10-14-01, 2:40 p.m.
BY GEOFF HOBSON
Bengals rookie wide receiver Chad Johnson has been cleared to play Sunday against the Titans and he figures he'll play mainly on third downs. And he vows he'll pick up right where he left off when he broke his clavicle a month ago Wednesday against the Browns.
Johnson broke his left collarbone on his career-high fifth catch, a sliding grab that converted a third down on the Bengals' clinching touchdown drive.
"Nothing has changed," said Johnson before Wednesday's practice. "Put me in the fire a little bit."
With Darnay Scott also back after missing all but a handful of early plays last week with a concussion, the Bengals have both speed receivers for the first time since the 24-14 victory over Cleveland.
The Bengals' wideouts already have more catches of 20 yards or more than they had all last year. Even without Scott and Johnson against the Jaguars, they had
five of what they call "Big Play" catches. That gives them 17, two better than last year and just four behind the 21 "Big Plays," put up by Scott, wide receiver Carl Pickens and quarterback Jeff Blake in 1999.
But they're still looking for that first 50-yard pass since Scott caught a 52-yard touchdown pass in Cinergy Field's last game in 1999, 27 games ago.
"I haven't gone vertical yet," said Johnson, whose longest catch is 20 yards. "I'm sure it's going to come. We haven't done it yet. It might have happened in the three games that I missed."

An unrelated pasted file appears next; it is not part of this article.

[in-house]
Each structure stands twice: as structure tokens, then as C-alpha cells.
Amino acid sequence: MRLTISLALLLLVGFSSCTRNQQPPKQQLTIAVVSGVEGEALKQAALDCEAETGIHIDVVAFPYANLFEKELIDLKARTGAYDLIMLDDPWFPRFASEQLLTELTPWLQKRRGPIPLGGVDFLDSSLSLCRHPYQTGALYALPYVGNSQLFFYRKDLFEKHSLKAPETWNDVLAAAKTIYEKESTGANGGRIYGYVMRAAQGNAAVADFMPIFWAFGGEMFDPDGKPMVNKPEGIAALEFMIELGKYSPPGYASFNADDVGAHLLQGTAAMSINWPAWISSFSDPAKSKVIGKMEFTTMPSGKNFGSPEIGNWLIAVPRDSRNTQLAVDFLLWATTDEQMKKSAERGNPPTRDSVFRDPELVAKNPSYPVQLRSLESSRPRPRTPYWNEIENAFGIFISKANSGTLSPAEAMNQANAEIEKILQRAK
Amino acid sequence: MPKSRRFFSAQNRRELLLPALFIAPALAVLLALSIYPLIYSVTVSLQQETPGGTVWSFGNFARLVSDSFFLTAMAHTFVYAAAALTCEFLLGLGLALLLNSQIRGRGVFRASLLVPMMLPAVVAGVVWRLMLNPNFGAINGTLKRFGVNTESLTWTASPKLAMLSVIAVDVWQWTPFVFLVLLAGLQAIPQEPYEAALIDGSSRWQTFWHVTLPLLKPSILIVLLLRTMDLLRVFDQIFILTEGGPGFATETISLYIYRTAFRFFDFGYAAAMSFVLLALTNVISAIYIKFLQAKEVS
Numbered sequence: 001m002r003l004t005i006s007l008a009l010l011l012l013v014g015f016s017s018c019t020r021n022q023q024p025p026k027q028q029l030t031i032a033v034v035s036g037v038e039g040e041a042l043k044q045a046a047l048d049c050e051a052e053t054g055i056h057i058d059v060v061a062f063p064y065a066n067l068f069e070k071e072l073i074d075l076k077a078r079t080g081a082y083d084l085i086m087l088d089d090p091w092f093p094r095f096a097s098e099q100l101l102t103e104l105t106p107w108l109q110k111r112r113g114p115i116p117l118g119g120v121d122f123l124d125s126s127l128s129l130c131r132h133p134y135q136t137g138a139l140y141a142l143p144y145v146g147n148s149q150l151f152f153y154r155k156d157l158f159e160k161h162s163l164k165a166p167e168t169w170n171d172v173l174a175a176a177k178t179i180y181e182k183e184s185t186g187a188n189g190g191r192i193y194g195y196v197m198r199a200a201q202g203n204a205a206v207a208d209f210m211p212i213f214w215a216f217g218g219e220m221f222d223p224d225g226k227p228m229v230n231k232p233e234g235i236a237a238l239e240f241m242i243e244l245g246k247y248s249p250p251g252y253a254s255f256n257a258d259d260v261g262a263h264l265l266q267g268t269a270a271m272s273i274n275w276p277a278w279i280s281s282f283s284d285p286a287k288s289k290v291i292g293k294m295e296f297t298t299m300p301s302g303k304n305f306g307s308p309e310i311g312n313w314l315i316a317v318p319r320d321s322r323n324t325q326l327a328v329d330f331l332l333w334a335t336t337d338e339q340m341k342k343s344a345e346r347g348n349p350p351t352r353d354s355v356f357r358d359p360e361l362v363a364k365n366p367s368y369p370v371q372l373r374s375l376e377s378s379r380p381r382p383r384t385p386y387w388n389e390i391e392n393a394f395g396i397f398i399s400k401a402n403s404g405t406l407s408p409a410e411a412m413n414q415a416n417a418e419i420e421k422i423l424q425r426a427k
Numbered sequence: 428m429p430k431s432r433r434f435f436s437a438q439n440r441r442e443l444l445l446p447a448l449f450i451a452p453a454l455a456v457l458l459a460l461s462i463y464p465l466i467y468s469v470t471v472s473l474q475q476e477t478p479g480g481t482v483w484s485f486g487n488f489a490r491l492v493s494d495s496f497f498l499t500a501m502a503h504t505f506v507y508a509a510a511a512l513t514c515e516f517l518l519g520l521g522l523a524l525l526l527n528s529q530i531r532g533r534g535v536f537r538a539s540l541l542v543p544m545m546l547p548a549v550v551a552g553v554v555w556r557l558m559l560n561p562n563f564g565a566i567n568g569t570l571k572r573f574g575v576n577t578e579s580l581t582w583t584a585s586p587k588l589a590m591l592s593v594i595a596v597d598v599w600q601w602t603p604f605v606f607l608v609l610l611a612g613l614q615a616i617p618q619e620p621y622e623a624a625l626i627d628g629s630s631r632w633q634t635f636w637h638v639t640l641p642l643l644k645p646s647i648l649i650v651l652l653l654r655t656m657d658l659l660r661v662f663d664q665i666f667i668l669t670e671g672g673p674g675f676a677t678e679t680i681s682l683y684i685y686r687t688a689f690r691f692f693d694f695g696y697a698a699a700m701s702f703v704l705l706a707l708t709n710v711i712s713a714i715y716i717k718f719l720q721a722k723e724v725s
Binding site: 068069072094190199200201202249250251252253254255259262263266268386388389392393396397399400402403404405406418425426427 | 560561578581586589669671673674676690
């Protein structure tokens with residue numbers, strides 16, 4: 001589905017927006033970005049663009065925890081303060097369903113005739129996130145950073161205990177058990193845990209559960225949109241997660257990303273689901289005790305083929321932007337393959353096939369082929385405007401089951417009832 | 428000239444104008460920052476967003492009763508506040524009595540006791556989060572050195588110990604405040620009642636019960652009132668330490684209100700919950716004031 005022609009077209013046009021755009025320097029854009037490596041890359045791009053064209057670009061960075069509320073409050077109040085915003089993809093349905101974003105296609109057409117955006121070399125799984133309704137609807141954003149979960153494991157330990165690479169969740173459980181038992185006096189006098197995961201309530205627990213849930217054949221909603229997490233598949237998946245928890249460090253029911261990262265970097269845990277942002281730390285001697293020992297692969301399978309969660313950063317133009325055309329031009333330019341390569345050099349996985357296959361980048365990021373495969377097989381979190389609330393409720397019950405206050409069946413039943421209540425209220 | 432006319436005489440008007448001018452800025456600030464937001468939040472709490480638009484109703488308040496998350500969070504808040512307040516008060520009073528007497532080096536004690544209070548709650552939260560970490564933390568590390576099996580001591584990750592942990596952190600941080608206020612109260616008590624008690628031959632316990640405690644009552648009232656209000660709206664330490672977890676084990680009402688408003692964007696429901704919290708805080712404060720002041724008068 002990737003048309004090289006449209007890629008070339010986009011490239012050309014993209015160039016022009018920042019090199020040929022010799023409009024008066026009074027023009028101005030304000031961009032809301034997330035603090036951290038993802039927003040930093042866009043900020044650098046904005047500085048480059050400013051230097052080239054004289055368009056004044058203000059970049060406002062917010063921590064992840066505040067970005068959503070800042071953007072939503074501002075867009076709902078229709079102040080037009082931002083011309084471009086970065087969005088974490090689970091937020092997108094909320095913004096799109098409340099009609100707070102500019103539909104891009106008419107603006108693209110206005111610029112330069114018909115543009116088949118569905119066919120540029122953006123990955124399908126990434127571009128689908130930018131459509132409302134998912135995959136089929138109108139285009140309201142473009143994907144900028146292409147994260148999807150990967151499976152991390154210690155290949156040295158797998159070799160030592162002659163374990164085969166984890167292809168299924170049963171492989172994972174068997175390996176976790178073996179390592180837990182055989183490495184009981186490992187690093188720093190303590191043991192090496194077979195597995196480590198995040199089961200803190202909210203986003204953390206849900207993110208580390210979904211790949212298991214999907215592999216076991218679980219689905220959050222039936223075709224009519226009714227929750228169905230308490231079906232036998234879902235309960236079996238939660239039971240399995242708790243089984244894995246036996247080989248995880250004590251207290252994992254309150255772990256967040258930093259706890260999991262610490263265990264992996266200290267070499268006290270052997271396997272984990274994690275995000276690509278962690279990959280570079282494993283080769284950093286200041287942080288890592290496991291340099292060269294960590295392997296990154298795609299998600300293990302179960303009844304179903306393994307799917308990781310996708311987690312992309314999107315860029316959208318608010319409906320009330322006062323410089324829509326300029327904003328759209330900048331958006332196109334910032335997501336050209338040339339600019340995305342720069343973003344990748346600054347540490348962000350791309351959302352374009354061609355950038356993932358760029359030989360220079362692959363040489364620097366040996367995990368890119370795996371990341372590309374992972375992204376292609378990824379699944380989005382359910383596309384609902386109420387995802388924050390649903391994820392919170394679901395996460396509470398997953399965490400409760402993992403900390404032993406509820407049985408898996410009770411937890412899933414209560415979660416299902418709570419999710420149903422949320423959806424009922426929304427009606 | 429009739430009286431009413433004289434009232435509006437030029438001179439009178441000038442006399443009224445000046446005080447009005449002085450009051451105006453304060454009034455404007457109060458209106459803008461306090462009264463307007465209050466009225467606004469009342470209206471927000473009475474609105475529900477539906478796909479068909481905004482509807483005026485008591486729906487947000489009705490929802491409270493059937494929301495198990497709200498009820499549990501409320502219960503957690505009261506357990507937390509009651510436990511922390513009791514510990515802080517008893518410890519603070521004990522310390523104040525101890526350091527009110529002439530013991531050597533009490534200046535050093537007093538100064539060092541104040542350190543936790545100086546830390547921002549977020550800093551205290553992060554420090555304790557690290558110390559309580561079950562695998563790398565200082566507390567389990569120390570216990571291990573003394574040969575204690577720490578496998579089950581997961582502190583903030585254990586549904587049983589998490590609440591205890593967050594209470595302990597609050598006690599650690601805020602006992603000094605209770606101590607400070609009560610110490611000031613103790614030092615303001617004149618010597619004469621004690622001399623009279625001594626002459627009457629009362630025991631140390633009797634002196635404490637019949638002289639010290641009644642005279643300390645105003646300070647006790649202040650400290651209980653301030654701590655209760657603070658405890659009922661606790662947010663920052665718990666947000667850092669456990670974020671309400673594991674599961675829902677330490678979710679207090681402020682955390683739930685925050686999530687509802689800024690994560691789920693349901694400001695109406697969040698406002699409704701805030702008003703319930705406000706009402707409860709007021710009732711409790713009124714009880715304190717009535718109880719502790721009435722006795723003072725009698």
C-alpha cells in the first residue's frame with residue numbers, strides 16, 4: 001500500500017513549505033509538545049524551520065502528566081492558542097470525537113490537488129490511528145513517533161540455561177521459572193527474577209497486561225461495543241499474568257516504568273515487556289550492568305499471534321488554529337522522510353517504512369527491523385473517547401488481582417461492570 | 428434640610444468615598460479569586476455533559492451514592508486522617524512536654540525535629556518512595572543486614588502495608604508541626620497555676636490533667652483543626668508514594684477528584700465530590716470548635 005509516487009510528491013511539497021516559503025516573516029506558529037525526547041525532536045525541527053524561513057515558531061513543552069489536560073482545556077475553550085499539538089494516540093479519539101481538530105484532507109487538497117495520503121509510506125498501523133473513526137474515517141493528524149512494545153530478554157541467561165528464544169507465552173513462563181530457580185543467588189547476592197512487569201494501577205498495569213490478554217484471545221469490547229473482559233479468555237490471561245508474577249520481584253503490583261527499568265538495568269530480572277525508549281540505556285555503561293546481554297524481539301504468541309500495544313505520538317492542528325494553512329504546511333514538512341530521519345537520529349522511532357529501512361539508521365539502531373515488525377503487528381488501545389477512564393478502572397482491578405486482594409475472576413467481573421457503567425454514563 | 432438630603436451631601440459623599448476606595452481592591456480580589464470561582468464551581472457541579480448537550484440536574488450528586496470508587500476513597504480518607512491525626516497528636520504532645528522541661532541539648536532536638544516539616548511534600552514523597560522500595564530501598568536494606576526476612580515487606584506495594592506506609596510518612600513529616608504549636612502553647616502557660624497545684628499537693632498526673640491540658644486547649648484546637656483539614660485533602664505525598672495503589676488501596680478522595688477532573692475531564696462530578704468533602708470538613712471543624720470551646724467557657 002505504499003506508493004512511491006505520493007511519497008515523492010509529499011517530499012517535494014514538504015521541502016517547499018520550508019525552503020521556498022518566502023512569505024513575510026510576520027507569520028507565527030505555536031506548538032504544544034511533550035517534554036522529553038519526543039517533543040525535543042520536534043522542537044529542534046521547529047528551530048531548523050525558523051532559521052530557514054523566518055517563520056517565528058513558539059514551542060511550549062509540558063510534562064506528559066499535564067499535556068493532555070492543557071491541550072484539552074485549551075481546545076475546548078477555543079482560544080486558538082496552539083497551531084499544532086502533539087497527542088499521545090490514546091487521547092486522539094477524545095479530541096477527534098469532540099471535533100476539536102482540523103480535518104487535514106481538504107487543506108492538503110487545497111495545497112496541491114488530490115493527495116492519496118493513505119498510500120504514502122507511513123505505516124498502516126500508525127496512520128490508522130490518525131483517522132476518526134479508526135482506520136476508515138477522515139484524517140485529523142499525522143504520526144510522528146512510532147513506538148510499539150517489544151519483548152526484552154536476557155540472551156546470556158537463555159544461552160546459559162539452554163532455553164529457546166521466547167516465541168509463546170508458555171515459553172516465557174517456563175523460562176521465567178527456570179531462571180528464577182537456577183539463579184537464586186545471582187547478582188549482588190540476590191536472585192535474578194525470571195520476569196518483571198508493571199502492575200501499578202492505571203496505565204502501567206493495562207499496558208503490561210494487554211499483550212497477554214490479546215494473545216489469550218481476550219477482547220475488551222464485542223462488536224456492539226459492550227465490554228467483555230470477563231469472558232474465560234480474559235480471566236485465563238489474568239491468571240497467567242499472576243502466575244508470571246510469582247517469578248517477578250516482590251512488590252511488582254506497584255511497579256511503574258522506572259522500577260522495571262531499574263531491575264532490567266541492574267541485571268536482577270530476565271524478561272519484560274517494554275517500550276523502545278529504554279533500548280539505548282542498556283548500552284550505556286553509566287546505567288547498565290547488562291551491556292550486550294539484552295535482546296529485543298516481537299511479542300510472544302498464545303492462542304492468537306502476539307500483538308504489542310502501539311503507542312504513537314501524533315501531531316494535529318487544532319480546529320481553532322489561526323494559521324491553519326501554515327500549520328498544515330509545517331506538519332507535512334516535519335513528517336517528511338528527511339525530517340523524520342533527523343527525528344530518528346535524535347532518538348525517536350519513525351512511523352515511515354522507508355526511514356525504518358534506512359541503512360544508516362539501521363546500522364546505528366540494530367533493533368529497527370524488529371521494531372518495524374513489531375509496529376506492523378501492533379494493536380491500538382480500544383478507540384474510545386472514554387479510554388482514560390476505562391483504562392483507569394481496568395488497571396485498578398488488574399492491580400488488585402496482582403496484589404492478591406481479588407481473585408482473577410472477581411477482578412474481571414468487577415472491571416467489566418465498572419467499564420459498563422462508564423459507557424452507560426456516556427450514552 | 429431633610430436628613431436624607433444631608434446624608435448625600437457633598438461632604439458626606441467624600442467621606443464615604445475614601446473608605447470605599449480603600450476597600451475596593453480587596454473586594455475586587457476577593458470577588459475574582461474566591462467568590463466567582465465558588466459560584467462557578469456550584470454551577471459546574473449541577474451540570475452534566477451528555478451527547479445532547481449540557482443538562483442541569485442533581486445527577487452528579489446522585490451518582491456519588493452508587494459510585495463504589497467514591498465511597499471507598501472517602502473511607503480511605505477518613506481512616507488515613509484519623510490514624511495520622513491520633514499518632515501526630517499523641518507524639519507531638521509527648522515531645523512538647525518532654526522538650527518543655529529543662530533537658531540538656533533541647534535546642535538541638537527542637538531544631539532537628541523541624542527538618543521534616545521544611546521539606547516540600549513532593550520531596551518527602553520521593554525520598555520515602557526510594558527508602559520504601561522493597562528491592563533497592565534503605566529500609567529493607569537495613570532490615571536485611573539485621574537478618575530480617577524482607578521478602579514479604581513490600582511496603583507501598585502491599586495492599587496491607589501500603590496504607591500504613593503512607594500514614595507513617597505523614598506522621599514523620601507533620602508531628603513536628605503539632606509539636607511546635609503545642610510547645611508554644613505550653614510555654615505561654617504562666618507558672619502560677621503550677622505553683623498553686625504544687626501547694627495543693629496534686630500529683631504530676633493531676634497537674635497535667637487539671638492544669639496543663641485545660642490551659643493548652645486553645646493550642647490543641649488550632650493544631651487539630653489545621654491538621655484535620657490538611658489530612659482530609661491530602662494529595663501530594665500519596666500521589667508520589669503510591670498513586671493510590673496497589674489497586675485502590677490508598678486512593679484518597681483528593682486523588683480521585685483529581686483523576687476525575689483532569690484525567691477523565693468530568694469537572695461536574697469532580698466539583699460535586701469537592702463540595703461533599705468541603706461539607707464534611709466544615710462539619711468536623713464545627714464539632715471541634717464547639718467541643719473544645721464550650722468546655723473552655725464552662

SOUND BYTE:** Titans coach Jeff Fisher on why Tennessee hasn't lost to the Bengals since Cincinnati running back Corey Dillon set the NFL's single-game rookie rushing record (since broken) against his team on Dec. 4 1997:
"That was the last time Boomer Esiason played quarterback for them, too. I'm not the only one that's said that."
FISHER RUNS REVERSE: Titans coach Jeff Fisher said he was misquoted two months ago about Bengals fullback Lorenzo Neal not always blocking the right guy, but always doing it 100 miles per hour when he played for Fisher in Tennessee the past two seasons.
Fisher had a hard time convincing the Cincinnati media he was misquoted since it was the same group of writers who quoted him back on Sept. 12. But for whatever reason, Fisher was much more gracious toward Neal on this conference call while admitting Titans Pro Bowl running back and Eddie George and his 2.8 yards per carry miss Neal's blocking.
"Lorenzo did for Eddie what he's doing for their offense and Corey (Dillon)," Fisher said. "He's saying, 'Hey, follow me. I'll show you where you have to go.'
"Lorenzo may not have always blocked the right guy, but he's going to block somebody and hit them hard," Fisher said. "I was surprised (Jaguars cornerback) Fernando Bryant got up from his block last weekend. Lorenzo got him on a crack-back block. It was called back because of a receiver in motion. That's how he plays. He'll set the tempo early and maintain it for the whole game."
George, who averaged 1,406 yards the past two seasons running behind Neal, is on pace to rush for 888 yards and his first sub-1,000-yard season.
" You're going to have to look hard around the league to find somebody that has more respect than I do for Lorenzo Neal," Fisher said. " I knew exactly what he was going to do the day he walked into that locker room. There's no question we miss him."